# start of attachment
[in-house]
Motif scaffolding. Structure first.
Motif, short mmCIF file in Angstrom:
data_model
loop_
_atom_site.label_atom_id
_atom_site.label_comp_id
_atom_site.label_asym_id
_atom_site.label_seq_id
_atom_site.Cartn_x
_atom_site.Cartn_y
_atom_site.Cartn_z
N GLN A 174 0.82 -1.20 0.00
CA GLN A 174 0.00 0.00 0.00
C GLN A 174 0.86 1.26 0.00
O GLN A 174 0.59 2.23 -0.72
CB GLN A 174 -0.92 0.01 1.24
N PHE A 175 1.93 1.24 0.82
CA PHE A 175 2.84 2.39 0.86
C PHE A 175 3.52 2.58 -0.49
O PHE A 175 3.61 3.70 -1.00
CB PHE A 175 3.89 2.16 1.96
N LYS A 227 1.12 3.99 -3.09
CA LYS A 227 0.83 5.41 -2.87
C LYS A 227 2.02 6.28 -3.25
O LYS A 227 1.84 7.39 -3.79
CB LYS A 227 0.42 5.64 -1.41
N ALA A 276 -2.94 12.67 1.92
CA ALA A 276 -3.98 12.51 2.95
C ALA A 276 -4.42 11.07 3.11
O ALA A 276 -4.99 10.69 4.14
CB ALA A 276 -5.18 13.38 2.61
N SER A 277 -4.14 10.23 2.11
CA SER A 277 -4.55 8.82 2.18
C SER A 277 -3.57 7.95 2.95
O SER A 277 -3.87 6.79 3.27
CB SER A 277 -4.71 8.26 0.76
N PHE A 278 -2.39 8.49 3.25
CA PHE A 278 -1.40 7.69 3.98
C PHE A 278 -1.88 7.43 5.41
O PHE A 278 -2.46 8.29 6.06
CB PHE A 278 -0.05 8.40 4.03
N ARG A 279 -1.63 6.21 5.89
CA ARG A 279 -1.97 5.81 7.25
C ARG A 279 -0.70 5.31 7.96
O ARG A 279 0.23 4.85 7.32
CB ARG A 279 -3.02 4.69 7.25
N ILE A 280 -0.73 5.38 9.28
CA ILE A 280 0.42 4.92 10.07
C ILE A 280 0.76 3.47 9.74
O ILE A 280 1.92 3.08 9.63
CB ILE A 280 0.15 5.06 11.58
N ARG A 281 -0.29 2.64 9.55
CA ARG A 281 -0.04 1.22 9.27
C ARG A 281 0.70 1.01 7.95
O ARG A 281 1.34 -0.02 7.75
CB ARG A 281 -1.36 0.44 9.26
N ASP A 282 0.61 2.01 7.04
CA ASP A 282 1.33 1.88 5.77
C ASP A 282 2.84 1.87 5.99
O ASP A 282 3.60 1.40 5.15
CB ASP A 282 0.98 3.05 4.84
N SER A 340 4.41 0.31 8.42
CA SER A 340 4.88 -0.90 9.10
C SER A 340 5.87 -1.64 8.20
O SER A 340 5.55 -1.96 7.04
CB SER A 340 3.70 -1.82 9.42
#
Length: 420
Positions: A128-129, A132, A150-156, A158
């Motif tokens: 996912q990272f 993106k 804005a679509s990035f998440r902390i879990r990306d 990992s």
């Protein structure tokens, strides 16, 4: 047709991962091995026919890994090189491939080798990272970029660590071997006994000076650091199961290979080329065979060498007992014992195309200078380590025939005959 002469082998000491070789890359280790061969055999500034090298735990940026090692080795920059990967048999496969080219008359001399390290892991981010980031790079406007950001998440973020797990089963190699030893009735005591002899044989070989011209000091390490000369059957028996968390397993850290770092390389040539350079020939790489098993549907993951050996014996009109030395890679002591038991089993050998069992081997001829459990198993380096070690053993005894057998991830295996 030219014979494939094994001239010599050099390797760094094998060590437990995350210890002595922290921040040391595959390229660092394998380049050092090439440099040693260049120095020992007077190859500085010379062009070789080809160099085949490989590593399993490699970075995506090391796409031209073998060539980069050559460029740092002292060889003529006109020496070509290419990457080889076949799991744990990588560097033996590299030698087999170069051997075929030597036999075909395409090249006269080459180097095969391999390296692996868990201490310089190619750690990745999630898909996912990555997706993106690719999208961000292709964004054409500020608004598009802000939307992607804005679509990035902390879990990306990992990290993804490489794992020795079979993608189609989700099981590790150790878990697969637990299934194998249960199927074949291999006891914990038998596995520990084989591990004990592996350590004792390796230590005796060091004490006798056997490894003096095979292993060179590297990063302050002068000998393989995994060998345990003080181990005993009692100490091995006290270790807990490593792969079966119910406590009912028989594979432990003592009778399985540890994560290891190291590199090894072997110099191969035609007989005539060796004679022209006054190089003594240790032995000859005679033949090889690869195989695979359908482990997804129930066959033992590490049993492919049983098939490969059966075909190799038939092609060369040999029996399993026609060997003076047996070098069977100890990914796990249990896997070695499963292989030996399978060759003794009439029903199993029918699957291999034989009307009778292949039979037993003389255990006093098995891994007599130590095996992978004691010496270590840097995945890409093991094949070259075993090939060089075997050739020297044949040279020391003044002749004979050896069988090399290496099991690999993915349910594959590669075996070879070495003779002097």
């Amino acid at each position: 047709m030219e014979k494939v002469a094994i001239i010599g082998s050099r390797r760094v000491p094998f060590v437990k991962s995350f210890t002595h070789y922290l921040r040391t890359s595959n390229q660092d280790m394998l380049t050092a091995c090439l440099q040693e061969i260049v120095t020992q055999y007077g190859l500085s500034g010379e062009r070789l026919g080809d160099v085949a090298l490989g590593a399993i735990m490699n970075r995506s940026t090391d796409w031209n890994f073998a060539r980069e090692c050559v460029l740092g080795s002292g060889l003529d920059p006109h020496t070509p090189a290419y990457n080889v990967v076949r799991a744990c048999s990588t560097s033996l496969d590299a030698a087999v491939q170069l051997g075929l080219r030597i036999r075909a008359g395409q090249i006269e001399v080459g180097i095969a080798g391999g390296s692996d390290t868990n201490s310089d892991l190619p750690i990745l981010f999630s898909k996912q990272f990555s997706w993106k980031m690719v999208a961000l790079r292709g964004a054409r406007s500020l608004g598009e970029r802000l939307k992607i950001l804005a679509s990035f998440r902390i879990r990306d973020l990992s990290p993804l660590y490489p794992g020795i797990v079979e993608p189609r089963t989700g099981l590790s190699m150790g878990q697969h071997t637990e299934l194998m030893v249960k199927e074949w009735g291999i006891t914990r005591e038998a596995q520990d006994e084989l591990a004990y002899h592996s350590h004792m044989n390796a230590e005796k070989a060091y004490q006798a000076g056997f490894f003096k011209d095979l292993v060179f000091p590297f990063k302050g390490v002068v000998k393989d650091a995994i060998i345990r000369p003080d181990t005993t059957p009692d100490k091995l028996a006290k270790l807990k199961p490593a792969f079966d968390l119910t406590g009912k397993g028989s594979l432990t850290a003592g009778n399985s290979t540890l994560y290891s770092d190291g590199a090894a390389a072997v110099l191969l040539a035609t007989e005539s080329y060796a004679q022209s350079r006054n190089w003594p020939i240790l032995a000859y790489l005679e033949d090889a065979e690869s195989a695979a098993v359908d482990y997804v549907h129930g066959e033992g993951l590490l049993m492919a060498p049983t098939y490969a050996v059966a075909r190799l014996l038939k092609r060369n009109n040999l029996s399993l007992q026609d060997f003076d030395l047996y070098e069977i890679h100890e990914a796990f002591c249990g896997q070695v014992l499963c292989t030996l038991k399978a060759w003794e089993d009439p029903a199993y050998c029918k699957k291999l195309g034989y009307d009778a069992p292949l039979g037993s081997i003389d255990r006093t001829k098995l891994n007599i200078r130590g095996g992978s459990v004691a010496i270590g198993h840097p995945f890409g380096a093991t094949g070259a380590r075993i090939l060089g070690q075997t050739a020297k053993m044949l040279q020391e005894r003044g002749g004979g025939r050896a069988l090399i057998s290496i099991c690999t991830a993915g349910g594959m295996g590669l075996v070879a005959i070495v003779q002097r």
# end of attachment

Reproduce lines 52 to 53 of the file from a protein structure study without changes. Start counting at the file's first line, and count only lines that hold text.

CB ILE A 280 0.15 5.06 11.58
N ARG A 281 -0.29 2.64 9.55